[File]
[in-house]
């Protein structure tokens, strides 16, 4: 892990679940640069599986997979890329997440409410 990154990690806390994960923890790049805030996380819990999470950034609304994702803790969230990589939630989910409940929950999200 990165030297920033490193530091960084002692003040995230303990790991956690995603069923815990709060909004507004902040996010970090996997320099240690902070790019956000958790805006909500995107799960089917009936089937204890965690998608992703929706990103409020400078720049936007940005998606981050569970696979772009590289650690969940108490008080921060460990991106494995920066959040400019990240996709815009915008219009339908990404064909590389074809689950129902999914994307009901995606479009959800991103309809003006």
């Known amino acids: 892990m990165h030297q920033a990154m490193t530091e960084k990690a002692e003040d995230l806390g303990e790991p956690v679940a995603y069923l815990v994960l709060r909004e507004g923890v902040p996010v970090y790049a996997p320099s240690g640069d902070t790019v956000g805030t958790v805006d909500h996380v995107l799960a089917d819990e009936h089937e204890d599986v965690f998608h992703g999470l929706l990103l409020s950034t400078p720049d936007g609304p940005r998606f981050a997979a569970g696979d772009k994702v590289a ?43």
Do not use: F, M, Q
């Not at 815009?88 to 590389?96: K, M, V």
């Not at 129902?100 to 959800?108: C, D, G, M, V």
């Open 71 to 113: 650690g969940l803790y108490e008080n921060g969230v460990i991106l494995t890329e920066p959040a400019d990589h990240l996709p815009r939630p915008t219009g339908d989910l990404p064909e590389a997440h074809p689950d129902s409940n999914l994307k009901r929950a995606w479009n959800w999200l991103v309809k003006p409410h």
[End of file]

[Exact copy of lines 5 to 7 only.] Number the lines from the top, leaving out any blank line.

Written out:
């Not at 815009?88 to 590389?96: K, M, V």
């Not at 129902?100 to 959800?108: C, D, G, M, V």
């Open 71 to 113: 650690g969940l803790y108490e008080n921060g969230v460990i991106l494995t890329e920066p959040a400019d990589h990240l996709p815009r939630p915008t219009g339908d989910l990404p064909e590389a997440h074809p689950d129902s409940n999914l994307k009901r929950a995606w479009n959800w999200l991103v309809k003006p409410h």